is a Regents Professor at the University of Arizona. He holds the Kenneth VonBehren Endowed Professorship in ECE and is also a professor of computer science. He directs the Broadband Wireless Access and Applications Center (BWAC), a multi-university NSF/industry center that focuses on next-generation wireless technologies. He also holds a courtesy appointment as a professor at University Technology Sydney. Previously, he served as the site director for the Connection One center. Dr. Krunz’s research is on resource management, network protocols, and security for wireless systems. He has published more than 300 journal articles and peer-reviewed conference papers, and is a named inventor on 12 patents. His latest h-index is 60. He is an IEEE Fellow, an Arizona Engineering Faculty Fellow, and an IEEE Communications Society Distinguished Lecturer (2013-2015). He received the NSF CAREER award. He served as the Editor-in-Chief for the IEEE Transactions on Mobile Computing. He also served as editor for numerous IEEE journals. He was the TPC chair for INFOCOM’04, SECON’05, WoWMoM’06, and Hot Interconnects 9. He was the general vice-chair for WiOpt 2016 and general co-chair for WiSec’12. Dr. Krunz served as chief scientist for two startup companies that focus on 5G and beyond systems and machine learning for wireless communications.
Victor C.M. Leung (IEEE/RSC/EIC/CAE Fellow)
TELUS Mobility Research Chair Professor, The University of British Columbia, Canada
Title: Blockchain-enabled Edge Intelligence for 6G IoT
Time: 10:30-11:00, Tuesday, February 21, 2023
In the emerging 6G network, massive deployment of Internet of Things (IoT) devices to support smart environments such as smart cities, smart factories, smart offices and smart homes is anticipated. To deal with the enormous amount of data that will be generated by these devices and provide support to various applications, many of which have stringent latency requirements, use of multi-access edge computing (MEC) with artificial intelligence (AI), so called edge intelligence becomes critical. In very large networks, edge nodes may belong to different entities. Blockchain, a distributed ledger technology (DLT), has become a powerful structure to share data in a verifiable manner among edge nodes without them sharing trust. We present an overview of blockchain-enabled edge intelligence, and outline several challenges that researchers strive to address in this paradigm. The long time-delay of legacy blockchain consensus mechanisms make it difficult to meet the stringent latency requirement of 6G IoT. The security of distributed machine learning may be compromised by cyber-attacks. Performance of AI in 6G IoT may be constrained by the heterogeneity of IoT data. To address some of these challenges, we present innovative solutions for blockchain-enabled edge intelligence to minimize latency in blockchain-based edge training, defend against attacks on IoT data, and improve prediction accuracy of AI models in the presence of heterogeneous IoT data.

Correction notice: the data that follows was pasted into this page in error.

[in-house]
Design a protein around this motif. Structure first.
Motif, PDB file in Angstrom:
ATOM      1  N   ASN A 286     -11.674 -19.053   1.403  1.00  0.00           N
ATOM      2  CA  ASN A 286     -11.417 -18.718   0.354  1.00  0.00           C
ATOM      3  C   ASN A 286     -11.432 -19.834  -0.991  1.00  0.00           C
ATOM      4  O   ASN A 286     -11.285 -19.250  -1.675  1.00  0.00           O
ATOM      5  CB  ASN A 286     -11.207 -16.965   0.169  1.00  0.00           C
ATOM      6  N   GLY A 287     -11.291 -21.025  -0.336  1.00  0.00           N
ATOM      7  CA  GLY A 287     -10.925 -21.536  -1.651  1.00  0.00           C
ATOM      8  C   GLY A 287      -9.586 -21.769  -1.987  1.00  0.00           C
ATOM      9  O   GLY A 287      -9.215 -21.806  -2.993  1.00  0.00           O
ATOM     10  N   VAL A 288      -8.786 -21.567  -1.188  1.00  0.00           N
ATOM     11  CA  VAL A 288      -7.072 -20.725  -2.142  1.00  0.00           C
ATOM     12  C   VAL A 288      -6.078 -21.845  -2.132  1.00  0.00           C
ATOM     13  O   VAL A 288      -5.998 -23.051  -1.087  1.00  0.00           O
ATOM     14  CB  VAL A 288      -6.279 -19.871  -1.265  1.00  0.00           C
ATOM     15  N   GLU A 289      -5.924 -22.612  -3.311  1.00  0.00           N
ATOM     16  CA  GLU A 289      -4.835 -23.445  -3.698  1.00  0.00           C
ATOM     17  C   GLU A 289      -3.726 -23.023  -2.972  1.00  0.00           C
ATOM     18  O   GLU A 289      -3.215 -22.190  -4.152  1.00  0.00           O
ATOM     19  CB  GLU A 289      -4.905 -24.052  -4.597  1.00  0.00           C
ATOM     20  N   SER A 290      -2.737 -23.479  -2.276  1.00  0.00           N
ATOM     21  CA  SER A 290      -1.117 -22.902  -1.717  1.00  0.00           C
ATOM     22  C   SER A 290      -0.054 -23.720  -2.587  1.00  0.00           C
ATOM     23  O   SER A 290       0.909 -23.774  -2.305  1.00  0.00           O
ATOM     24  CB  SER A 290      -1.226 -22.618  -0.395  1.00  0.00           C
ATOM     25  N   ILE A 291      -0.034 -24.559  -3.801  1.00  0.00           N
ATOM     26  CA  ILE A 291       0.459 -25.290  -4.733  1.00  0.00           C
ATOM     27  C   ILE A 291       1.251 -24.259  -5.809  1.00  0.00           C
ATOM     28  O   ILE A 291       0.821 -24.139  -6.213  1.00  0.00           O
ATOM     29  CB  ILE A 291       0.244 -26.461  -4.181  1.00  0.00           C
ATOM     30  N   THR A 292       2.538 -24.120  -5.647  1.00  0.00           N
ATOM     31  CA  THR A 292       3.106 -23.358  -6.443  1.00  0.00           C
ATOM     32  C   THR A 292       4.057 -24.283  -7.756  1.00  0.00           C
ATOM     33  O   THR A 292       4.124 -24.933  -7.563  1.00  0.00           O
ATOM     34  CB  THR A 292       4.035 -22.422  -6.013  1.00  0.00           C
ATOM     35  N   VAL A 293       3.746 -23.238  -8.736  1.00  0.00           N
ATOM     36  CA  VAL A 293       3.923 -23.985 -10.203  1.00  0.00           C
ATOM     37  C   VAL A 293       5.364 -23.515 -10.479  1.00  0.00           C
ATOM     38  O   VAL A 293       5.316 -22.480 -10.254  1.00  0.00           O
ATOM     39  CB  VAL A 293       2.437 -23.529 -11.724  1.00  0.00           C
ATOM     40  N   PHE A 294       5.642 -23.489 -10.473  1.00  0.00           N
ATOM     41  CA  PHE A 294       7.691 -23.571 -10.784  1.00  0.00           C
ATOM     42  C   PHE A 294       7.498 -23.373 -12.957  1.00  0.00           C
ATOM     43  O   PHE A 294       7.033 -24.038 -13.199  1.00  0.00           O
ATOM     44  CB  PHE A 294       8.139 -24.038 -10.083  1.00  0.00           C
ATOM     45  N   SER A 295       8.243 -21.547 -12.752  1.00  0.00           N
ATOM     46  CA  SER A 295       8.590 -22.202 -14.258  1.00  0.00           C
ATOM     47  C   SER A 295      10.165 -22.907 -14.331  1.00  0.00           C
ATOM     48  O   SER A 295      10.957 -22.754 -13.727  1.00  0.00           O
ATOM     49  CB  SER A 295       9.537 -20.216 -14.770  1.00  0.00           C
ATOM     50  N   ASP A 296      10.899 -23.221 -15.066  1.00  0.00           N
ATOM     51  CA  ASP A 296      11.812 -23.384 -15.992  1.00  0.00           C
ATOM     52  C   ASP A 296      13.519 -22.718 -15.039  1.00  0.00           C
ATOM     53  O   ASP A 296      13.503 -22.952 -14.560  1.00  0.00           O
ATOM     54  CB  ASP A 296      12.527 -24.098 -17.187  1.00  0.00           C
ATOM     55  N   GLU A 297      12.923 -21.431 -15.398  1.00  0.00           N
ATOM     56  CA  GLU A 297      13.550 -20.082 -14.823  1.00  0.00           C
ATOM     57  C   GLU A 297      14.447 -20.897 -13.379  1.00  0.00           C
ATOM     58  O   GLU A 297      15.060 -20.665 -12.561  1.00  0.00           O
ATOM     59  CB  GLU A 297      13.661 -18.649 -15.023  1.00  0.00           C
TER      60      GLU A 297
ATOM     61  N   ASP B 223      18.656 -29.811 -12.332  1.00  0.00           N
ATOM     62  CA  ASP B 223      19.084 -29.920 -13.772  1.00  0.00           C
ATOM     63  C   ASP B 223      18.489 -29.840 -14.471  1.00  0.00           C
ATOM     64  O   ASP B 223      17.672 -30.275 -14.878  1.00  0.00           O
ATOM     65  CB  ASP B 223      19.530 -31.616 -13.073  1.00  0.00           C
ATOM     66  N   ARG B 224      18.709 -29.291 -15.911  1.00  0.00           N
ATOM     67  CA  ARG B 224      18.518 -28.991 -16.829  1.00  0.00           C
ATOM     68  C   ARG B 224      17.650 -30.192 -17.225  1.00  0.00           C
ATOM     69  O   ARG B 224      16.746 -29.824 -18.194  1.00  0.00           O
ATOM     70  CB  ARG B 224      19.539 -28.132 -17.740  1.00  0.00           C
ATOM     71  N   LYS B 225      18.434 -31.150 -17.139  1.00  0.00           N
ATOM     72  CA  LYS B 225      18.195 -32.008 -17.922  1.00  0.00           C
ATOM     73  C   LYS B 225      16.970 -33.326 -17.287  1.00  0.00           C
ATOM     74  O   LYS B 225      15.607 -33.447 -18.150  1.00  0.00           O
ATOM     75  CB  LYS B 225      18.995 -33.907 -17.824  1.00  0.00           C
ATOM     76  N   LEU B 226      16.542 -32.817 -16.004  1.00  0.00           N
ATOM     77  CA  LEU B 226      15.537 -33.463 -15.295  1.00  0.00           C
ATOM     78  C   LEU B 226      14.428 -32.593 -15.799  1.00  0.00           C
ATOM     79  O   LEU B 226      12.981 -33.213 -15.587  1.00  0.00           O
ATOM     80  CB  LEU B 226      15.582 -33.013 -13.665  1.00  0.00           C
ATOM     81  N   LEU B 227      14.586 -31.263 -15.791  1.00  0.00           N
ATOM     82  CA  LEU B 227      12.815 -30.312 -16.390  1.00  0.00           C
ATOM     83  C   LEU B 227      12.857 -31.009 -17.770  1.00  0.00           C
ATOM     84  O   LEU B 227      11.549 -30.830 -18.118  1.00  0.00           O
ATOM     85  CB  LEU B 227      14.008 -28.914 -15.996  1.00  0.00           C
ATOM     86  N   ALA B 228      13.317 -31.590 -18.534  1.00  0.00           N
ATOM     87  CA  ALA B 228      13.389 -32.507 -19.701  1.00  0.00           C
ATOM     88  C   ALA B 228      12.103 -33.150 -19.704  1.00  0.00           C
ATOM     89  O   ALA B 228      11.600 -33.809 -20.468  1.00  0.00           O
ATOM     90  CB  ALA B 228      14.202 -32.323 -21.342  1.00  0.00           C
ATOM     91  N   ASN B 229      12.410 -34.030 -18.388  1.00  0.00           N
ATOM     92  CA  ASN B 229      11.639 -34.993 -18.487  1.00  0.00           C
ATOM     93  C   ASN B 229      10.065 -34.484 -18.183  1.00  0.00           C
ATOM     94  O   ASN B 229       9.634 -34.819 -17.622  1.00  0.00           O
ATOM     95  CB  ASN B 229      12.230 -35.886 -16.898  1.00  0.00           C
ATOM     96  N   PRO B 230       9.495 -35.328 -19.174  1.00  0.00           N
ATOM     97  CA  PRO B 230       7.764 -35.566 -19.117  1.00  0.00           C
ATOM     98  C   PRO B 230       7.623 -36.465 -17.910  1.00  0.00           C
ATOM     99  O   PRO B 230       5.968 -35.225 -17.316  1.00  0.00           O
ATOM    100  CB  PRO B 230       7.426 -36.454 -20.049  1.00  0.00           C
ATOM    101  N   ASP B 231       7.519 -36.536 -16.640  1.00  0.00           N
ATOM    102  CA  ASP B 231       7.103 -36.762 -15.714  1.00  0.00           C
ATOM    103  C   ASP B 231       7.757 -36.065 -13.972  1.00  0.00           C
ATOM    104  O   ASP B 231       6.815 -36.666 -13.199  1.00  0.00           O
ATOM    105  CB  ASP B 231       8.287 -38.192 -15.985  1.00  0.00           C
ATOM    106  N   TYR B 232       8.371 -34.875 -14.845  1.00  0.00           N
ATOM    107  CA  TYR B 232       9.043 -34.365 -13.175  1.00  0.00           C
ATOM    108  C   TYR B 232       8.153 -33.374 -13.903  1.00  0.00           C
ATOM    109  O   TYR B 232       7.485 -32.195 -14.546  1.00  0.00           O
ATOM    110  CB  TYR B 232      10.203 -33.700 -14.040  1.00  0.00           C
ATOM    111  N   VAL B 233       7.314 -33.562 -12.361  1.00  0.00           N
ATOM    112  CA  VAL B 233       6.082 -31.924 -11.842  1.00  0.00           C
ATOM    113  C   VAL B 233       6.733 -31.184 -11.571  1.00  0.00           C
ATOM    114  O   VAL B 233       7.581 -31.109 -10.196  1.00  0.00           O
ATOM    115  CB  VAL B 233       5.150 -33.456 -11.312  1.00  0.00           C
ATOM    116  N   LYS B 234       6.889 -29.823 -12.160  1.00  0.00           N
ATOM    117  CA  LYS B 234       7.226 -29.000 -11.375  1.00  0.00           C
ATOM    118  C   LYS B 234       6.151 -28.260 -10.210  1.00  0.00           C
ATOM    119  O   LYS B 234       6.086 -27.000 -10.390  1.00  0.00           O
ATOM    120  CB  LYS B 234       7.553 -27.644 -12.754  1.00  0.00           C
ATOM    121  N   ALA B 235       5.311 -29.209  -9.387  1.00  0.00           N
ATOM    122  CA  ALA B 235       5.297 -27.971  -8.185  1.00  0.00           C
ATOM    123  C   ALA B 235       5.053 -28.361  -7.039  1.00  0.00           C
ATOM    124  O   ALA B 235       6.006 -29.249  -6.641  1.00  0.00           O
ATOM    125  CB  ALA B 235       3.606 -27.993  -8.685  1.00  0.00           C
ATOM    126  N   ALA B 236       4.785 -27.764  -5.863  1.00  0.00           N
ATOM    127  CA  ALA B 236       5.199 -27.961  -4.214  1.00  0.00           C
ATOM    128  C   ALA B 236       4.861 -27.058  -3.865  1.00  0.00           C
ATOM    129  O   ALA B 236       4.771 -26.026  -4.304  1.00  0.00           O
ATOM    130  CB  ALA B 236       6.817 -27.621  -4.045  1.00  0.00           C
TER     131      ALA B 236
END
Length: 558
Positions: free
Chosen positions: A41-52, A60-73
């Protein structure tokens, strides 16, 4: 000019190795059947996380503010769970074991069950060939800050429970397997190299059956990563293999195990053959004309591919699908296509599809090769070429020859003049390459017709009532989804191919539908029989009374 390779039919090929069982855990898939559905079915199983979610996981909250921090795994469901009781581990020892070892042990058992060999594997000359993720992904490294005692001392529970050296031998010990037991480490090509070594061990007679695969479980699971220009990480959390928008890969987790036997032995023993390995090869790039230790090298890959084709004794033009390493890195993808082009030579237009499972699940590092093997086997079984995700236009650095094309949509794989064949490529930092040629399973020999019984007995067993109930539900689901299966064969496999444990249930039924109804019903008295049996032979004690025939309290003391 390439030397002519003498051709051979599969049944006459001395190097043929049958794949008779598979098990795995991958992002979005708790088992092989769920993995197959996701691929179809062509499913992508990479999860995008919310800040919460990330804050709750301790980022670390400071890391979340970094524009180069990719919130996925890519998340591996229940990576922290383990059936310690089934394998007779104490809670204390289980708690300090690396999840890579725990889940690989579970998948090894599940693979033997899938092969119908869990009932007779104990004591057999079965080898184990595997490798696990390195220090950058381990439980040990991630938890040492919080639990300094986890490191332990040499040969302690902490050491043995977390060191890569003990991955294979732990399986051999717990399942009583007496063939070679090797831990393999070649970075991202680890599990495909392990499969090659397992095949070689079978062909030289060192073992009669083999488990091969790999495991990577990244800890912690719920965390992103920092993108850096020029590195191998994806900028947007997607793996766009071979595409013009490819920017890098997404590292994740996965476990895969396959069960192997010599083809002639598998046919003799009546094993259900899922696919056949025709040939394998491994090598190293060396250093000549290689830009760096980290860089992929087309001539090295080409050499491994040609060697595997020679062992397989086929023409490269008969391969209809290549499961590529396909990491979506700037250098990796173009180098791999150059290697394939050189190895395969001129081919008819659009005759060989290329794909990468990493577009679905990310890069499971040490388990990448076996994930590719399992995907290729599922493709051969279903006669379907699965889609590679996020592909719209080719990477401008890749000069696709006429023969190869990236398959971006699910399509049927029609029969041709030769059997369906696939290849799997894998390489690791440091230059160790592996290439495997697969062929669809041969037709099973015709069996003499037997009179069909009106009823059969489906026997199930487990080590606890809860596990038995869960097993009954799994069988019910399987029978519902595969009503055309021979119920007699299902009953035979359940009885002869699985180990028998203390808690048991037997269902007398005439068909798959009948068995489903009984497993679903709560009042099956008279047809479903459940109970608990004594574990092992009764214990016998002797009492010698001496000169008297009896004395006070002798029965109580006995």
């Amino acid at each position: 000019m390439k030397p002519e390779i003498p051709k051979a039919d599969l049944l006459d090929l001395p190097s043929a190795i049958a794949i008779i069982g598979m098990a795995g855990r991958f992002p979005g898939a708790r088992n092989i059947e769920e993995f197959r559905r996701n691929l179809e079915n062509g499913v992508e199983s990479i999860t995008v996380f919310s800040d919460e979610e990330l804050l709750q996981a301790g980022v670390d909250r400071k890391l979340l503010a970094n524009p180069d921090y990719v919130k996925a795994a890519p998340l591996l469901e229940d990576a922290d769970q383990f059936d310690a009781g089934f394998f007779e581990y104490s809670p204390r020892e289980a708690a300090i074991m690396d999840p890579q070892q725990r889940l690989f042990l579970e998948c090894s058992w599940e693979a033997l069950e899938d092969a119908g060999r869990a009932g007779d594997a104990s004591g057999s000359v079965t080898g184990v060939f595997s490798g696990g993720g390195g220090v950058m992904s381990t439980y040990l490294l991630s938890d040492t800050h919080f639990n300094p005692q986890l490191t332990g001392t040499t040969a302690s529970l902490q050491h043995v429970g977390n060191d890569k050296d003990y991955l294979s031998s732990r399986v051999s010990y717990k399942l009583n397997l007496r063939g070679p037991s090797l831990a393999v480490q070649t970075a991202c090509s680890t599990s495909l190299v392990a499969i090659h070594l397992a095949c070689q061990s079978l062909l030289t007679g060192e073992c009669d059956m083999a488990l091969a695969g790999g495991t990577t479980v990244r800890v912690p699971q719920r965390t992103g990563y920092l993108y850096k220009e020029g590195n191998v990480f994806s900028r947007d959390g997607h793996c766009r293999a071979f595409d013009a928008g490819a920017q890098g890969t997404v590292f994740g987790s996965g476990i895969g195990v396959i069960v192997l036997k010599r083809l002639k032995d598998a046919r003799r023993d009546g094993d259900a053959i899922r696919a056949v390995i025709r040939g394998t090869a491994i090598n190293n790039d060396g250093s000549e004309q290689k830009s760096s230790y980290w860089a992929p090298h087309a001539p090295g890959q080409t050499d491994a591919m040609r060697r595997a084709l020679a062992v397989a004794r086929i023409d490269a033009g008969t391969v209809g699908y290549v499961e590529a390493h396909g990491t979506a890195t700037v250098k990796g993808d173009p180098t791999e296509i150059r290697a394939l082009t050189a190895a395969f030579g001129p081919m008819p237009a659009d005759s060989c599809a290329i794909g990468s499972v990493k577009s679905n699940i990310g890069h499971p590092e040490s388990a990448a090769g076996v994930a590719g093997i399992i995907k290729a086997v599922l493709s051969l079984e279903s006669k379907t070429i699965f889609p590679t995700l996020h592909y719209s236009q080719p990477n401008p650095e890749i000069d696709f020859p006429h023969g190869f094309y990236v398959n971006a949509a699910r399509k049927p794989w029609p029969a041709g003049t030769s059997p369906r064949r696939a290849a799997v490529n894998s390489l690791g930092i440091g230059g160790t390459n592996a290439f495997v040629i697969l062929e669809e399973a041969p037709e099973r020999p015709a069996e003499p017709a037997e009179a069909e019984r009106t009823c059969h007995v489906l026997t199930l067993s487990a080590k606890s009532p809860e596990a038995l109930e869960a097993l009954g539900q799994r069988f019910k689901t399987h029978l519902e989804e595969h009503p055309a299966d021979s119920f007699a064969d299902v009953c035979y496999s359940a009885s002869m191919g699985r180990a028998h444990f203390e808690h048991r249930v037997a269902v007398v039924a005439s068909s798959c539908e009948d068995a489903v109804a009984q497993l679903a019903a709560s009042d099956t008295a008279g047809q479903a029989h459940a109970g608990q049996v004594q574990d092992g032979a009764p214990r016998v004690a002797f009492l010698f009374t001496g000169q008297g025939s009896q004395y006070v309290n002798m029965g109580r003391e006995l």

VICTOR C.M. LEUNG is an Emeritus Professor of Electrical and Computer Engineering at the University of British Columbia, Canada, and a Distinguished Professor of Computer Science and Software Engineering at Shenzhen University, China. He has co-authored numerous refereed articles in the broad areas of wireless networks and mobile systems, and is a Clarivate Analytics “Highly Cited Researcher”. Dr. Leung is an editor of the IEEE TGCN, IEEE TCC, IEEE TCSS, IEEE Access, IEEE Network, and several other journals. He received the 2017 IEEE ComSoc Fred W. Ellersick Prize, 2017 IEEE Systems Journal Best Paper Award, 2017 Canadian Award for Telecommunications Research, 2018 IEEE TCGCC Distinguished Technical Achievement Recognition Award, 2018 IEEE CSIM Best Journal Paper Award, and 2019 IEEE TCGCC Best Journal Paper Award, as well as several other awards. He is a Life Fellow of IEEE, and a Fellow of the Royal Society of Canada (Academy of Science), Canadian Academy of Engineering, and Engineering Institute of Canada.
Jelena Misic (IEEE Fellow)
Professor, Ryerson University, Canada
Title: Adapting Practical Byzantine Fault Tolerance (PBFT) for use with Blockchain-enable IoT systems
Time: 11:30-12:00, Wednesday, February 22, 2023
This work proposes Practical Byzantine Fault Tolerance (PBFT) ordering service needed for block formation in permissioned blockchain environments. Contrary to current PBFT implementations that only provide a single point of entry to the ordering service, we allow each ordering node to act as an entry point that proposes and conducts the consensus process of including new record in the distributed ledger. To ensure atomicity of record insertion in distributed ledger, we have developed a bandwidth reservation protocol that uses a modification of CSMA/CA protocol to regulate access to the broadcast medium formed by the P2P network of TCP connections between orderers. We have modeled record insertion service time in a cluster where ordering nodes have random position within Cartesian coordinate system. We have also modeled total request access time to the ledger which includes waiting time in the ordererÌs queue and record insertion time. These models are used to evaluate system performance under variable request rate ordering service, variable number of nodes and variable physical cluster dimensions. We also address cluster interconnections which can increase coverage and capacity of PBFT system.